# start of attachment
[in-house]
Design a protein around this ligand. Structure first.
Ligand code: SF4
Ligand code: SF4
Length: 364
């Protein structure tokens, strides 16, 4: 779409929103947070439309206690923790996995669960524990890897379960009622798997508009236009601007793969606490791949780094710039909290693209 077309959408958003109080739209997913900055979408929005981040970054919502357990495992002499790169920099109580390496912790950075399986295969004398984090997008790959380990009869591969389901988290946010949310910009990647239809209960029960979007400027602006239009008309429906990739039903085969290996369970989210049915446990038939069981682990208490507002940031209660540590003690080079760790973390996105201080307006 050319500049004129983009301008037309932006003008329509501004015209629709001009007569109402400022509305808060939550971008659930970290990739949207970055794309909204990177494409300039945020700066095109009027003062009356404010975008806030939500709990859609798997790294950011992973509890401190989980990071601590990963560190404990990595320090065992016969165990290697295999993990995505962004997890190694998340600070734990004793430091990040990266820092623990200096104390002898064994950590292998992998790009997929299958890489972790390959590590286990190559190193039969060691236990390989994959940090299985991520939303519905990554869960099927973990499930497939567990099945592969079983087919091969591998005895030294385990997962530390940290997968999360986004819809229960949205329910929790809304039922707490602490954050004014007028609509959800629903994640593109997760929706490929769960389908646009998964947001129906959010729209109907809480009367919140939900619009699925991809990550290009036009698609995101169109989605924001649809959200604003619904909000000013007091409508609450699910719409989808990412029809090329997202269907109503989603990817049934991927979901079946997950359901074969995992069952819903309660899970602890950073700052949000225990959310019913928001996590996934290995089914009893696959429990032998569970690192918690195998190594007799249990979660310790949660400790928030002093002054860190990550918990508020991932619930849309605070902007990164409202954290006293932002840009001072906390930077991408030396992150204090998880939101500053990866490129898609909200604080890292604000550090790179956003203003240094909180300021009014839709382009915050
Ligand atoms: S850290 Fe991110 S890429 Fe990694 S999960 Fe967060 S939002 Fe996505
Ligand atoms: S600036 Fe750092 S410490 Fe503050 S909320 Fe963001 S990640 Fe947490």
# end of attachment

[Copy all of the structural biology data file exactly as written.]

[in-house]
Design a protein around this ligand. Structure first.
Ligand code: SF4
Ligand code: SF4
Length: 364
């Protein structure tokens, strides 16, 4: 779409929103947070439309206690923790996995669960524990890897379960009622798997508009236009601007793969606490791949780094710039909290693209 077309959408958003109080739209997913900055979408929005981040970054919502357990495992002499790169920099109580390496912790950075399986295969004398984090997008790959380990009869591969389901988290946010949310910009990647239809209960029960979007400027602006239009008309429906990739039903085969290996369970989210049915446990038939069981682990208490507002940031209660540590003690080079760790973390996105201080307006 050319500049004129983009301008037309932006003008329509501004015209629709001009007569109402400022509305808060939550971008659930970290990739949207970055794309909204990177494409300039945020700066095109009027003062009356404010975008806030939500709990859609798997790294950011992973509890401190989980990071601590990963560190404990990595320090065992016969165990290697295999993990995505962004997890190694998340600070734990004793430091990040990266820092623990200096104390002898064994950590292998992998790009997929299958890489972790390959590590286990190559190193039969060691236990390989994959940090299985991520939303519905990554869960099927973990499930497939567990099945592969079983087919091969591998005895030294385990997962530390940290997968999360986004819809229960949205329910929790809304039922707490602490954050004014007028609509959800629903994640593109997760929706490929769960389908646009998964947001129906959010729209109907809480009367919140939900619009699925991809990550290009036009698609995101169109989605924001649809959200604003619904909000000013007091409508609450699910719409989808990412029809090329997202269907109503989603990817049934991927979901079946997950359901074969995992069952819903309660899970602890950073700052949000225990959310019913928001996590996934290995089914009893696959429990032998569970690192918690195998190594007799249990979660310790949660400790928030002093002054860190990550918990508020991932619930849309605070902007990164409202954290006293932002840009001072906390930077991408030396992150204090998880939101500053990866490129898609909200604080890292604000550090790179956003203003240094909180300021009014839709382009915050
Ligand atoms: S850290 Fe991110 S890429 Fe990694 S999960 Fe967060 S939002 Fe996505
Ligand atoms: S600036 Fe750092 S410490 Fe503050 S909320 Fe963001 S990640 Fe947490």